Tuesday

November 20th, 2018

Insight

Rocket Man offers an opening --- or a trap

Wesley Pruden

By Wesley Pruden

Published Jan. 2, 2018

Rocket Man offers an opening --- or a trap
Kim Jong-un is entitled to feel pretty good about his skill in playing Washington and the West. There's a history of North Korea getting what it wants and not paying anything for it. A succession of American presidents, Republican and Democrat, have been eager to play the mark.

Donald Trump seems to be cut from different cloth, but it's early and too soon to determine the strength of his kidney. But the world can hope. Presidents before him earned their presidential chops dealing with diplomats, senators and assorted supplicants with good manners and proper deference, and the Donald absorbed the true grit of the street, matching wits with cutthroat business rivals, demanding unions, and connoisseurs of the hard bargain, sharply driven.

When Mr. Kim boasted Monday in a New Year's Day speech that his new nuclear prowess enables him to strike targets anywhere in America and puts effective retaliation beyond the reach of an American president, Mr. Trump replied with uncharacteristic lack of bluster, and more effective for it: "We'll see."

A listener to Rocket Man's speech could almost hear the squeaks of pain from the sanctions tightening around his chubby throat like a hangman's noose. His speech was couched in soft words heretofore missing in the North Korean speech.

Mr. Kim had a convenient invitation from Moon Jae-in, the new president of South Korea, to send a delegation to the Winter Olympics in South Korea next month as guests of Seoul. Mr. Moon is enamored with the idea that hospitality would turn away wrath.

"I am willing to send a delegation and take necessary measures," Mr. Kim said, "and I believe that the authorities of the North and South can urgently meet to discuss the matter. We sincerely hope that the South will successfully host the Olympics. Above all, we must ease the acute military tensions between North and South. The North and South should no longer do anything that would aggravate the situation, and must exert efforts to ease military tensions and create a peaceful environment."

With the sweet stuff out of the way, he sent a sour note to his nemesis in Washington: "It's not a mere threat but a reality that I have a nuclear button on my desk in my office. All of the mainland United States is within the range of our nuclear strike."

This is similar to his boast that he had developed an engine powerful enough to send a warhead all the way to Washington or New York, that it would survive the tremendous heat of re-entry into the Earth's atmosphere, a claim that American engineers greeted with skepticism.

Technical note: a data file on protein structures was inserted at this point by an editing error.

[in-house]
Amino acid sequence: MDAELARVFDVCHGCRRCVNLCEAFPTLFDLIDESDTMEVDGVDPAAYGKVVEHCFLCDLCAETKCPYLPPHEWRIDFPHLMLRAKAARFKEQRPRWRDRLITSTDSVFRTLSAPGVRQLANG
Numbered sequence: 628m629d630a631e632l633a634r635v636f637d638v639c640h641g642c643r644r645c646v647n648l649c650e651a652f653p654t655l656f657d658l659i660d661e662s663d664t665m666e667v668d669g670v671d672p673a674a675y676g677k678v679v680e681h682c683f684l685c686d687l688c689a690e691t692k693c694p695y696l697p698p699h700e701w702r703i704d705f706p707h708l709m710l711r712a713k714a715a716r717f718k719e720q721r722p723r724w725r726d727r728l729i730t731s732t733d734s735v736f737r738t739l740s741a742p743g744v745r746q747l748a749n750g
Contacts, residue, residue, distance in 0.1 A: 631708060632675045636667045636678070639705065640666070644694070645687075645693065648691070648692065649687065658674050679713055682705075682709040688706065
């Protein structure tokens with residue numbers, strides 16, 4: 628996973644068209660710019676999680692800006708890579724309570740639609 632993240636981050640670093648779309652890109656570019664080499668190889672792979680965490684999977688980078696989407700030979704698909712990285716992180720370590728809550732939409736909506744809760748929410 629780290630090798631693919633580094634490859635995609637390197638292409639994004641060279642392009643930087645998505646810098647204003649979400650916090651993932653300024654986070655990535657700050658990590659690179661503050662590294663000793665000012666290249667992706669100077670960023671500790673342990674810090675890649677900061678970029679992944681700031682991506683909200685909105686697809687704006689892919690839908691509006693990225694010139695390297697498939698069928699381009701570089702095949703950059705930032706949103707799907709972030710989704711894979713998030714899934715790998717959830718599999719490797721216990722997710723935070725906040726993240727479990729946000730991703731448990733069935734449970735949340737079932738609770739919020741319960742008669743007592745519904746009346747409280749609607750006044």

Nevertheless, Mr. Kim's own engineers, chemists and physicists have done more than expected, and sooner than expected, and if Rocket Man seems to be getting a little ahead of himself by thinking he has made it impossible now for President Trump to start a war against him, he could no doubt inflict considerable damage with the nuclear toys already at his disposal. He is further emboldened by the fact that he knows nobody wants to "start a war" against him.

Mr. Kim, feeling considerable pain (though personally only metaphorical pain) by the tightening sanctions, is eager for the United States to loosen them, at least a little. Fuel for North Korea, with a winter that might be more brutal than usual now settling in, has been dramatically reduced and the price of gasoline has more than doubled over last year. The pain is almost certainly going to get worse in the new year. This is a time to tighten sanctions, not loosen them.

Rocket Man is no doubt counting on forcing a split between Washington and Seoul over how to deal with what the credulous will regard as a good-faith overture from North Korea. President Moon has been pushing his Olympics initiative as a route to peace and understanding, even suggesting that he might cancel joint military exercises with the United States. He would happily buy Mr. Kim a burger and the world a Coke.

If President Trump agrees to recognize North Korea as "a nuclear weapons state," Mr. Kim might get not only the easing of sanctions, but reduction of the American military presence in Northeast Asia. Pyongyang would promise to give up its ICBMs and freeze its nuclear-weapons program.

The beauty part for Rocket Man is that if the past is a guide, as it usually is, he wouldn't have to deliver anything. So far Washington, with its allies in Seoul and Tokyo, insists that the terms of a deal remain as always, that the North must dismantle everything nuclear, or no deal. As the Donald might say, "We'll see."

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JWR contributor Wesley Pruden is editor emeritus of The Washington Times.

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